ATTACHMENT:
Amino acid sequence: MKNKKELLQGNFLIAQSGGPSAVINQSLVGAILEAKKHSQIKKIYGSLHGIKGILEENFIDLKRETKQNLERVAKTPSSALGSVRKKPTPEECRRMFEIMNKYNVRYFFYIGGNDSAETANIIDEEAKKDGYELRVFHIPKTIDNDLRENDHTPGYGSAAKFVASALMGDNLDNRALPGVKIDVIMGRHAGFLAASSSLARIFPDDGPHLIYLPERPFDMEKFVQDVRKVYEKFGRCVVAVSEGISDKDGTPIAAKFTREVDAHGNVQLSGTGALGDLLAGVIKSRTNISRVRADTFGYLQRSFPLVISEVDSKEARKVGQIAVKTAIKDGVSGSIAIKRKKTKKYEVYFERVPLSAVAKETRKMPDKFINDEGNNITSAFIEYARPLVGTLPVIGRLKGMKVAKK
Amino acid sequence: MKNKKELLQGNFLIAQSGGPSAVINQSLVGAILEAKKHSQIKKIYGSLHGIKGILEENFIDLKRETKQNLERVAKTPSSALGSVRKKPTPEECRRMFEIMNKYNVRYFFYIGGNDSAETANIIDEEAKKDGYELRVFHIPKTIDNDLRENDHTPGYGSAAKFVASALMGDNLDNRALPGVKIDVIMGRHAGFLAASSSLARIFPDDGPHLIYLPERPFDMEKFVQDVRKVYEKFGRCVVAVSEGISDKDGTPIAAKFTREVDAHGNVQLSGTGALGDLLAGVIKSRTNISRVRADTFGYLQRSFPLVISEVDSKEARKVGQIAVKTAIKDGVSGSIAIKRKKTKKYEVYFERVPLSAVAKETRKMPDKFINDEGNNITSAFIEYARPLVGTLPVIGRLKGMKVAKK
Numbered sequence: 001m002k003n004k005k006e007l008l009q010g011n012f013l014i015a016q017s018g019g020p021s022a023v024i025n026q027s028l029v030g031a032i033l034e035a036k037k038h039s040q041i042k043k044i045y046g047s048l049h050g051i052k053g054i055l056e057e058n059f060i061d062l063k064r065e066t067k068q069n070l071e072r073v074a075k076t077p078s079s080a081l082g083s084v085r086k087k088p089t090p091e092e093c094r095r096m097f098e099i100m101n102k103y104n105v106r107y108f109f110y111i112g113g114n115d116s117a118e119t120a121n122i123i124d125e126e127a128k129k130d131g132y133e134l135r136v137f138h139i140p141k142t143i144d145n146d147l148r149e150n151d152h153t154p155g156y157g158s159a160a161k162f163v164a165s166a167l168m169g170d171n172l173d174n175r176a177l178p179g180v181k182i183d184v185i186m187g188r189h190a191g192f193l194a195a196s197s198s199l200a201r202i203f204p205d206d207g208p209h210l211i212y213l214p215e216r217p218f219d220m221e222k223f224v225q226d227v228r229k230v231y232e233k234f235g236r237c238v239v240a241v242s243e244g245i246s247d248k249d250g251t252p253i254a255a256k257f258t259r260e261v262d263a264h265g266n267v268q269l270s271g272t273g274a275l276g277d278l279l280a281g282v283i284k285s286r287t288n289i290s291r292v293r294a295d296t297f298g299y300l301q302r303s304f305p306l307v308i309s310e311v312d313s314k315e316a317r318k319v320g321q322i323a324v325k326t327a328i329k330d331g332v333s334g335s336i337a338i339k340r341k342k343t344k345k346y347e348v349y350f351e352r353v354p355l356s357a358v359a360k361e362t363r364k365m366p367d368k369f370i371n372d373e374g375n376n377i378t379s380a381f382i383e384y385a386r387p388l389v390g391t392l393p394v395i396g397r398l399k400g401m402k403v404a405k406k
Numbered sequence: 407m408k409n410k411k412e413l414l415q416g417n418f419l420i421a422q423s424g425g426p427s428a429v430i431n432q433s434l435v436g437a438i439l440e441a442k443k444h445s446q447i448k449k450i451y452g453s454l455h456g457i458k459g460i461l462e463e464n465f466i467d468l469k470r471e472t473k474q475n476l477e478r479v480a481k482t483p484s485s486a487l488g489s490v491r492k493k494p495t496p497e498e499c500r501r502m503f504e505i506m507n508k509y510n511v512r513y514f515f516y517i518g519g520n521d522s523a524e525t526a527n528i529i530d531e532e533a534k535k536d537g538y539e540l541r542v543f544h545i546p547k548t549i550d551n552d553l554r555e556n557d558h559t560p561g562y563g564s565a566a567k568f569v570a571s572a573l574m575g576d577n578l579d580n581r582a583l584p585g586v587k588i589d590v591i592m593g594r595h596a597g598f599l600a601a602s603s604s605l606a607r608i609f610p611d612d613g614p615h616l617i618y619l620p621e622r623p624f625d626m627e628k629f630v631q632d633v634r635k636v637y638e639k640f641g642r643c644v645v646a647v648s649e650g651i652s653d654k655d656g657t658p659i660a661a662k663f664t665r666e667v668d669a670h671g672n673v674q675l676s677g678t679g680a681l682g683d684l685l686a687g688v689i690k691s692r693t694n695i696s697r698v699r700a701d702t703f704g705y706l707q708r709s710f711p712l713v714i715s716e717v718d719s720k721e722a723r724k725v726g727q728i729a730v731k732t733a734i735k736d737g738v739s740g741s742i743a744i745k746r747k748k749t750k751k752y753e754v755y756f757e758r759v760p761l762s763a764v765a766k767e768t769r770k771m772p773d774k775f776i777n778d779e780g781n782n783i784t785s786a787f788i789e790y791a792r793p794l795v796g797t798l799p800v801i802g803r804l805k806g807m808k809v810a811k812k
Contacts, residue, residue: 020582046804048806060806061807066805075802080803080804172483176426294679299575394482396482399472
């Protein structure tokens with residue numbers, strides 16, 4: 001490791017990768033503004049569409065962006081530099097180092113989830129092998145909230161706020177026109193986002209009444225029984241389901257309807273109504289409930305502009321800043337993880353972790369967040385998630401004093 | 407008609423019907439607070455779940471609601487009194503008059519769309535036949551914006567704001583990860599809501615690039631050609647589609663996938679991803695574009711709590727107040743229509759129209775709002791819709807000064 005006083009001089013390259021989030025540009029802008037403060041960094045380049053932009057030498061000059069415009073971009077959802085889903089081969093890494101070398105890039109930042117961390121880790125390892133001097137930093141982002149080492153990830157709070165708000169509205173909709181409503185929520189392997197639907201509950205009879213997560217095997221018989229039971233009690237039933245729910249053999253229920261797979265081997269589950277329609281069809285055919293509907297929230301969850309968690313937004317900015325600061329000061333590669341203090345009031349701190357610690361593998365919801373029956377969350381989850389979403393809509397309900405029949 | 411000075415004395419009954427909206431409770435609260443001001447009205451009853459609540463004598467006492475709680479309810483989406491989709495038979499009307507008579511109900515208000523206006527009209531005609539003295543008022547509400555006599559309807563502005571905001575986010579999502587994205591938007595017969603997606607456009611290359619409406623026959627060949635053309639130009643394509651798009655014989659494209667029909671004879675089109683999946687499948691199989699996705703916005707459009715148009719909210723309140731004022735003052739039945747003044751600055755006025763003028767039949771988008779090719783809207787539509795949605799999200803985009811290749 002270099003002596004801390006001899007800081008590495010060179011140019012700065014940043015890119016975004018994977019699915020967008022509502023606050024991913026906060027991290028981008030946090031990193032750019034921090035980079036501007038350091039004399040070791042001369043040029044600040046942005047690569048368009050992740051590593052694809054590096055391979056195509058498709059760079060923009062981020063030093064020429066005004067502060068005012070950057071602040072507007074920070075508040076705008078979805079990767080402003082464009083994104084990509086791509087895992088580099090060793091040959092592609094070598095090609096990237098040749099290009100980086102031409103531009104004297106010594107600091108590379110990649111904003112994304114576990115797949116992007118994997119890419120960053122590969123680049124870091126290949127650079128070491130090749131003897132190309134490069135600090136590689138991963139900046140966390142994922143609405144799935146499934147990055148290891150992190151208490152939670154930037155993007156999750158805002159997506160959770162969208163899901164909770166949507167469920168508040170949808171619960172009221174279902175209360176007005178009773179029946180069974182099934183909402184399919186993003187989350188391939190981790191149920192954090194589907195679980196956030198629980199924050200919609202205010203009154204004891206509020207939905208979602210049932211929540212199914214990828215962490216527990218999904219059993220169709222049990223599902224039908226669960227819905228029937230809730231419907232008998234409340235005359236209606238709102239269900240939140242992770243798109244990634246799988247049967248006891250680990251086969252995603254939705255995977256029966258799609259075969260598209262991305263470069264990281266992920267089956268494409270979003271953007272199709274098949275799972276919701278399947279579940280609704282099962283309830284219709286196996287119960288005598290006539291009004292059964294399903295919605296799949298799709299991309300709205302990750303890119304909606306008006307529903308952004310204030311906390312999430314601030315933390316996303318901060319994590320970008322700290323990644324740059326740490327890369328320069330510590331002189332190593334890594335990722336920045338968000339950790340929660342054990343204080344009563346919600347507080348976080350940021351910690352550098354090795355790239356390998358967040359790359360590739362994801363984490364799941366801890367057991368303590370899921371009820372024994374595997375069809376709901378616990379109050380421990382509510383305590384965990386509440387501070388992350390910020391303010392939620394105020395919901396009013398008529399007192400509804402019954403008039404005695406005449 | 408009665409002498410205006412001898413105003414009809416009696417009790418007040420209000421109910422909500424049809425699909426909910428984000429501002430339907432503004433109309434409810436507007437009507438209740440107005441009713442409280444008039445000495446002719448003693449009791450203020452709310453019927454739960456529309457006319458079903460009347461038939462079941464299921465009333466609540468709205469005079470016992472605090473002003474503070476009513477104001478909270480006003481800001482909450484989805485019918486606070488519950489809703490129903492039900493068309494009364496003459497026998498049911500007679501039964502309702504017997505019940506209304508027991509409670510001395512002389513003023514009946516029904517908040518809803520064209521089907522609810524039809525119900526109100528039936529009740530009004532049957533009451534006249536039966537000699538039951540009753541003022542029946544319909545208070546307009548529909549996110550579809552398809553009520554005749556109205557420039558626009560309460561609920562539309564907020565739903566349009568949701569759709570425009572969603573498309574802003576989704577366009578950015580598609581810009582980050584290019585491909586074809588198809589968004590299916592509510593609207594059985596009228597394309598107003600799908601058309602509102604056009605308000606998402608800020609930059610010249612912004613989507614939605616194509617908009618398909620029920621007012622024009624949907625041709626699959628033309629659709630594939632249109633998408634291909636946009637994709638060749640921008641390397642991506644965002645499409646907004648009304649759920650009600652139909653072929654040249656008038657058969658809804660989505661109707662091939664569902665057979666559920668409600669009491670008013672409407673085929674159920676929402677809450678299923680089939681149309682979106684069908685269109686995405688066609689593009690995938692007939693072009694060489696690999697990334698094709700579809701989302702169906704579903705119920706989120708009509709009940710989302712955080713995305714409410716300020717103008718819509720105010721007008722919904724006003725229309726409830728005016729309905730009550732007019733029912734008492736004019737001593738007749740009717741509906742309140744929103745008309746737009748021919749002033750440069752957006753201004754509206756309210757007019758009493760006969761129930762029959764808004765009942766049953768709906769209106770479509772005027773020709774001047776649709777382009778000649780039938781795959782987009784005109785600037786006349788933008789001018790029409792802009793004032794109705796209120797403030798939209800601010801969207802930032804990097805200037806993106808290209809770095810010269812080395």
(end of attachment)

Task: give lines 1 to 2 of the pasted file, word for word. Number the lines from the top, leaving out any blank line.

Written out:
Amino acid sequence: MKNKKELLQGNFLIAQSGGPSAVINQSLVGAILEAKKHSQIKKIYGSLHGIKGILEENFIDLKRETKQNLERVAKTPSSALGSVRKKPTPEECRRMFEIMNKYNVRYFFYIGGNDSAETANIIDEEAKKDGYELRVFHIPKTIDNDLRENDHTPGYGSAAKFVASALMGDNLDNRALPGVKIDVIMGRHAGFLAASSSLARIFPDDGPHLIYLPERPFDMEKFVQDVRKVYEKFGRCVVAVSEGISDKDGTPIAAKFTREVDAHGNVQLSGTGALGDLLAGVIKSRTNISRVRADTFGYLQRSFPLVISEVDSKEARKVGQIAVKTAIKDGVSGSIAIKRKKTKKYEVYFERVPLSAVAKETRKMPDKFINDEGNNITSAFIEYARPLVGTLPVIGRLKGMKVAKK
Amino acid sequence: MKNKKELLQGNFLIAQSGGPSAVINQSLVGAILEAKKHSQIKKIYGSLHGIKGILEENFIDLKRETKQNLERVAKTPSSALGSVRKKPTPEECRRMFEIMNKYNVRYFFYIGGNDSAETANIIDEEAKKDGYELRVFHIPKTIDNDLRENDHTPGYGSAAKFVASALMGDNLDNRALPGVKIDVIMGRHAGFLAASSSLARIFPDDGPHLIYLPERPFDMEKFVQDVRKVYEKFGRCVVAVSEGISDKDGTPIAAKFTREVDAHGNVQLSGTGALGDLLAGVIKSRTNISRVRADTFGYLQRSFPLVISEVDSKEARKVGQIAVKTAIKDGVSGSIAIKRKKTKKYEVYFERVPLSAVAKETRKMPDKFINDEGNNITSAFIEYARPLVGTLPVIGRLKGMKVAKK